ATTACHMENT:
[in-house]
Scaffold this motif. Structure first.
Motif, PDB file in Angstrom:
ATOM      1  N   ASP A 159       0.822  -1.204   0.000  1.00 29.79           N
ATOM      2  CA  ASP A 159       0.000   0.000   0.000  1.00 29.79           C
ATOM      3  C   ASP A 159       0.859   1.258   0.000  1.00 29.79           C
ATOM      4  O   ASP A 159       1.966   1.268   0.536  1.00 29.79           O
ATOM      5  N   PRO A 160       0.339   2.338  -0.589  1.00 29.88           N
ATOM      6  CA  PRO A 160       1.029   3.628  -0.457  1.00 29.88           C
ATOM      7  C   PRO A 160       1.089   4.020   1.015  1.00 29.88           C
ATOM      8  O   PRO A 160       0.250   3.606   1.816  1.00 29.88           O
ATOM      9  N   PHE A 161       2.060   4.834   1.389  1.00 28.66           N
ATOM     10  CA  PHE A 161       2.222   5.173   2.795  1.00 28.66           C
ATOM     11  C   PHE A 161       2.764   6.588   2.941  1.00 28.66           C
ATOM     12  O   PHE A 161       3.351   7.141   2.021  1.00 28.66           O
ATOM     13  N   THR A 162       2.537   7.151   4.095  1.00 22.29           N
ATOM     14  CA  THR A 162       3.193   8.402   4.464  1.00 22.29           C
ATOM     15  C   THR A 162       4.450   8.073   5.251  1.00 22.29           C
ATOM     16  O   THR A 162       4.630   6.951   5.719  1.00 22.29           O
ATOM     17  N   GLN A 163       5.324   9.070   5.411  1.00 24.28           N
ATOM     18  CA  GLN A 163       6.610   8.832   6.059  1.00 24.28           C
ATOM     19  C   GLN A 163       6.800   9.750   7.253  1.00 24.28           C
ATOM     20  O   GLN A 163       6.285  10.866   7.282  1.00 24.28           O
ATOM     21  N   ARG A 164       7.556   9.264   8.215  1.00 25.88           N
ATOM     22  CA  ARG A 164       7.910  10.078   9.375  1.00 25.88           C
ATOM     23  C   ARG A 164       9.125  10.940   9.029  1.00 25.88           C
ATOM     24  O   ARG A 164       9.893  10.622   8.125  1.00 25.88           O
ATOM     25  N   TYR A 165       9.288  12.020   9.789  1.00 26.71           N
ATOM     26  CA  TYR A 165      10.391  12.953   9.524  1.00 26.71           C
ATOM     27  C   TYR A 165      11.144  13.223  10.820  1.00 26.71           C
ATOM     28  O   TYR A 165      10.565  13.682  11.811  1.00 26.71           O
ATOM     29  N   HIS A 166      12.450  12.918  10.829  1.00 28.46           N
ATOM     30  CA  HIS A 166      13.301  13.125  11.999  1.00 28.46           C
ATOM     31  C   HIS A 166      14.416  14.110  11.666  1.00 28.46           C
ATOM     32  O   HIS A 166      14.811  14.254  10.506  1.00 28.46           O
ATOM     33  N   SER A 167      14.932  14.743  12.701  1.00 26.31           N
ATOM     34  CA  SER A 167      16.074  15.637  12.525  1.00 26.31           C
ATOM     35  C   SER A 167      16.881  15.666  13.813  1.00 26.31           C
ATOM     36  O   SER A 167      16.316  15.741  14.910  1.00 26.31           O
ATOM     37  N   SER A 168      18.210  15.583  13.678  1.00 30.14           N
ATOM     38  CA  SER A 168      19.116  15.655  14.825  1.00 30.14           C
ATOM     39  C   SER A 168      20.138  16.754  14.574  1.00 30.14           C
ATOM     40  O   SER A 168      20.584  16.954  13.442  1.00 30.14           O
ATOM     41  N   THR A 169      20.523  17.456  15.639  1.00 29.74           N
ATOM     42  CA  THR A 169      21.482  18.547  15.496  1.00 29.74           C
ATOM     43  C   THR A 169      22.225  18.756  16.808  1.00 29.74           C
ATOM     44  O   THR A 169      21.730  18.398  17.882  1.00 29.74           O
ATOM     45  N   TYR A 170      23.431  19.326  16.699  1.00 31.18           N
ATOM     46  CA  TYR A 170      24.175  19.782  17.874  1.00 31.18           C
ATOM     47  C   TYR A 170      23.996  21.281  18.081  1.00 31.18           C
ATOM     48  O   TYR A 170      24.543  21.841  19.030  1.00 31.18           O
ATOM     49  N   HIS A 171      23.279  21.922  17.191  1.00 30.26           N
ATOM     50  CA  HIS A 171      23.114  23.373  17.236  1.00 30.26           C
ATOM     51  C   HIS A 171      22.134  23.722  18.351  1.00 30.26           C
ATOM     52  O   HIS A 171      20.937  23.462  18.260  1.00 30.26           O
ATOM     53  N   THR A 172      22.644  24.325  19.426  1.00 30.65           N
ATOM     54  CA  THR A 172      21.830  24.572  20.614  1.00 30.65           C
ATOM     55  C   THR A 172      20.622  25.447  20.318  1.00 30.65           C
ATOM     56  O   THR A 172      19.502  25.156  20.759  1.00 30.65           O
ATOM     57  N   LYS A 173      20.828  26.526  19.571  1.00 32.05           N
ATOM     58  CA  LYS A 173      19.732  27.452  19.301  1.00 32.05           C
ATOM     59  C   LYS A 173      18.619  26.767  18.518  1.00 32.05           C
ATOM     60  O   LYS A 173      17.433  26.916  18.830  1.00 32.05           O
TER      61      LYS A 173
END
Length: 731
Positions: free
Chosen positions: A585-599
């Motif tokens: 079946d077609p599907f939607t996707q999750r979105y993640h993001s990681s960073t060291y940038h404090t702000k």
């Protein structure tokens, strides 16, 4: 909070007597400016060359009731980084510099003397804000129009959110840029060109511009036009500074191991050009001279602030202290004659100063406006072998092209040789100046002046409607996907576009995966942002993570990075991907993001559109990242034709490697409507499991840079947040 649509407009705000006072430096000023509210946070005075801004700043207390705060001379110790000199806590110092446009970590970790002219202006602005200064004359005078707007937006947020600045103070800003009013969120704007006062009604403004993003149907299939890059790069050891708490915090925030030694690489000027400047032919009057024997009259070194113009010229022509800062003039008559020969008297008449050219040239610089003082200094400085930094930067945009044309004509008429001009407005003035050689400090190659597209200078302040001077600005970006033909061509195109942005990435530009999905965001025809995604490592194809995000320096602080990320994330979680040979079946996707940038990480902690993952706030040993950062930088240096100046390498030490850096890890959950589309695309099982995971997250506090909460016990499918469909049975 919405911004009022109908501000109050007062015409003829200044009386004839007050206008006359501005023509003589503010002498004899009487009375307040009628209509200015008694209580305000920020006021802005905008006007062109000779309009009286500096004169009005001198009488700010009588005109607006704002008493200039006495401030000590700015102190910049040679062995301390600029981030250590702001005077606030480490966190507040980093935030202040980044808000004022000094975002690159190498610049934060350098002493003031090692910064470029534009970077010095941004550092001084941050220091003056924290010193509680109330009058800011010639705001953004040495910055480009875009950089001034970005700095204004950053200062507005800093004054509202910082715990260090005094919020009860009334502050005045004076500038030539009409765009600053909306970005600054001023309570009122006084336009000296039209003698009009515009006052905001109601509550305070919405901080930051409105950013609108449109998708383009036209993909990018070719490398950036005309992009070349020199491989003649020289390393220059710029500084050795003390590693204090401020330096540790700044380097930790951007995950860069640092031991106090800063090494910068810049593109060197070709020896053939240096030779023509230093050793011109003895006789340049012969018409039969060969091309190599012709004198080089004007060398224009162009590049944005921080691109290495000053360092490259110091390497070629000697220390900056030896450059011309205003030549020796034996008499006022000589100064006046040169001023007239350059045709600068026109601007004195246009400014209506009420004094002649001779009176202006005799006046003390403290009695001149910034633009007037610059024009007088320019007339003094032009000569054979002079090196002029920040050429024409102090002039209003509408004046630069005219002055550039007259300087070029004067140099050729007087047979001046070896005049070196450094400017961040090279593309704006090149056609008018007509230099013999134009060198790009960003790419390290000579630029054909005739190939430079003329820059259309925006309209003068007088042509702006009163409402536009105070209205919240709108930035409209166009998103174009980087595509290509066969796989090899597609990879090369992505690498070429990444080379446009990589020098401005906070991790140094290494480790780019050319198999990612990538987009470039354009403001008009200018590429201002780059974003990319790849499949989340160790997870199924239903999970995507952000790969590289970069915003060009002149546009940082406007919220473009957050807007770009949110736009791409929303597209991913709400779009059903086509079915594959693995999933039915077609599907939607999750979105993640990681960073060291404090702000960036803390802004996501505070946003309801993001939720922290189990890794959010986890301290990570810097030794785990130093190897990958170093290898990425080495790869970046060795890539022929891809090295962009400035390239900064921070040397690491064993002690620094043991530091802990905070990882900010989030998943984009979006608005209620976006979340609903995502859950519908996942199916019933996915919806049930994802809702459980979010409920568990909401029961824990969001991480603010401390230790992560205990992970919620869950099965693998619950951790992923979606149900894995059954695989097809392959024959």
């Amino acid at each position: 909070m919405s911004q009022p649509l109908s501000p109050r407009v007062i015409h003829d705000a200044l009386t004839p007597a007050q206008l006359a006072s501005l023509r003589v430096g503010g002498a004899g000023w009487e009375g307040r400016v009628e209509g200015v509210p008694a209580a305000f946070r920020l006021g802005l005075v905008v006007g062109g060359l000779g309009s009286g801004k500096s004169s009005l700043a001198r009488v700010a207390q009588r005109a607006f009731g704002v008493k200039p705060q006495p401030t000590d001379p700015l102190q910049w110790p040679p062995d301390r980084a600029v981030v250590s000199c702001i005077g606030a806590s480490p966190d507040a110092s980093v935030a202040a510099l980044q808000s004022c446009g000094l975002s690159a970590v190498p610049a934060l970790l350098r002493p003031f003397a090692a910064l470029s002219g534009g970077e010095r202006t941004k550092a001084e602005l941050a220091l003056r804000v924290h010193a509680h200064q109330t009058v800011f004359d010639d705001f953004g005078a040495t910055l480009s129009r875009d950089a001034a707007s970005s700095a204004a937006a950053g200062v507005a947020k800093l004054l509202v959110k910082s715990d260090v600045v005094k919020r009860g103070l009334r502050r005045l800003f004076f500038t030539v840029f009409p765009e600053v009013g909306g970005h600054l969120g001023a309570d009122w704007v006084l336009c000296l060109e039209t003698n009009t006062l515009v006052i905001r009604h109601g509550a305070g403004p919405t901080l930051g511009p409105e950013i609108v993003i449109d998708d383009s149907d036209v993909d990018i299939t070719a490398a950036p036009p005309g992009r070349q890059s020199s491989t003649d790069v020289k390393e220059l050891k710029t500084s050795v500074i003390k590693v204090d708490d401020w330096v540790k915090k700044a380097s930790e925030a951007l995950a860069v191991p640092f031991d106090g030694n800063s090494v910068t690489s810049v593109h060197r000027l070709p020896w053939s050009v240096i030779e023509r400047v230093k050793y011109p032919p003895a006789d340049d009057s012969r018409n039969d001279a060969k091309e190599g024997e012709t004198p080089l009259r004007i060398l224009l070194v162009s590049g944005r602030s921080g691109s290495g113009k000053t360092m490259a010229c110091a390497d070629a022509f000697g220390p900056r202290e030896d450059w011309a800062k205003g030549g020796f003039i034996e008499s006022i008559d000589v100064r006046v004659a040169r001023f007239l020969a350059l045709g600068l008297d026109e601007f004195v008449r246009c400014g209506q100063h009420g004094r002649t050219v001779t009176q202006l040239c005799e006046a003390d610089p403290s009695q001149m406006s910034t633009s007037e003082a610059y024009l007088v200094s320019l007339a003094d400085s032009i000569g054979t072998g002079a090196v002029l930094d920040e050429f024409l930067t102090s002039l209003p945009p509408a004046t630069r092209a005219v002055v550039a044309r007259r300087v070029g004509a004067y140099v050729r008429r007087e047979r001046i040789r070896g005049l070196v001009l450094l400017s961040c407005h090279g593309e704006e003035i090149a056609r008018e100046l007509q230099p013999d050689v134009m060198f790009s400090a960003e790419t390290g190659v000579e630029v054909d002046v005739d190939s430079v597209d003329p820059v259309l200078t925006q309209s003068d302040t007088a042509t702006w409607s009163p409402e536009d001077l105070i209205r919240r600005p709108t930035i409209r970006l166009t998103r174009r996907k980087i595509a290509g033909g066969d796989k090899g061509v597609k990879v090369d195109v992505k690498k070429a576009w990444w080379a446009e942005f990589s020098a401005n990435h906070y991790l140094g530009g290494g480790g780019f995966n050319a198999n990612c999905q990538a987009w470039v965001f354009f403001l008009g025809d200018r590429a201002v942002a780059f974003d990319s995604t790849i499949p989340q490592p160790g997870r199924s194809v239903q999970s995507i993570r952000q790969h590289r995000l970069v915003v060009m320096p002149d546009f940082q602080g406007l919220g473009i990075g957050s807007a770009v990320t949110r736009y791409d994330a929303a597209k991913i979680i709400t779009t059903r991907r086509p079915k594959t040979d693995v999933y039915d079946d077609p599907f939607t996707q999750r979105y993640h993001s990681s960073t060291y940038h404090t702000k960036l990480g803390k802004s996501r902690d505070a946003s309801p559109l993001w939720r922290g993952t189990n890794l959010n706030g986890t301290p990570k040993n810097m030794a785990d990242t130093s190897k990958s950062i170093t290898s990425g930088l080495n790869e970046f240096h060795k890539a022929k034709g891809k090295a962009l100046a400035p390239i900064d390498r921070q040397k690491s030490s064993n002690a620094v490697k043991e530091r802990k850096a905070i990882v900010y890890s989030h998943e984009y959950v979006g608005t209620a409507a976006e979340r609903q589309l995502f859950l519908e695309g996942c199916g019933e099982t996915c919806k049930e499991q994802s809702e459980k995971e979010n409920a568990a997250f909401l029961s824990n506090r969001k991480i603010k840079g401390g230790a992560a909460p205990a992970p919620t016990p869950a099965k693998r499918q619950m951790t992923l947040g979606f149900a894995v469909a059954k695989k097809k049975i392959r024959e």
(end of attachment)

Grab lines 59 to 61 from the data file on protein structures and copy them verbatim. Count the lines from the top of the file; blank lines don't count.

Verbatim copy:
ATOM     56  O   THR A 172      19.502  25.156  20.759  1.00 30.65           O
ATOM     57  N   LYS A 173      20.828  26.526  19.571  1.00 32.05           N
ATOM     58  CA  LYS A 173      19.732  27.452  19.301  1.00 32.05           C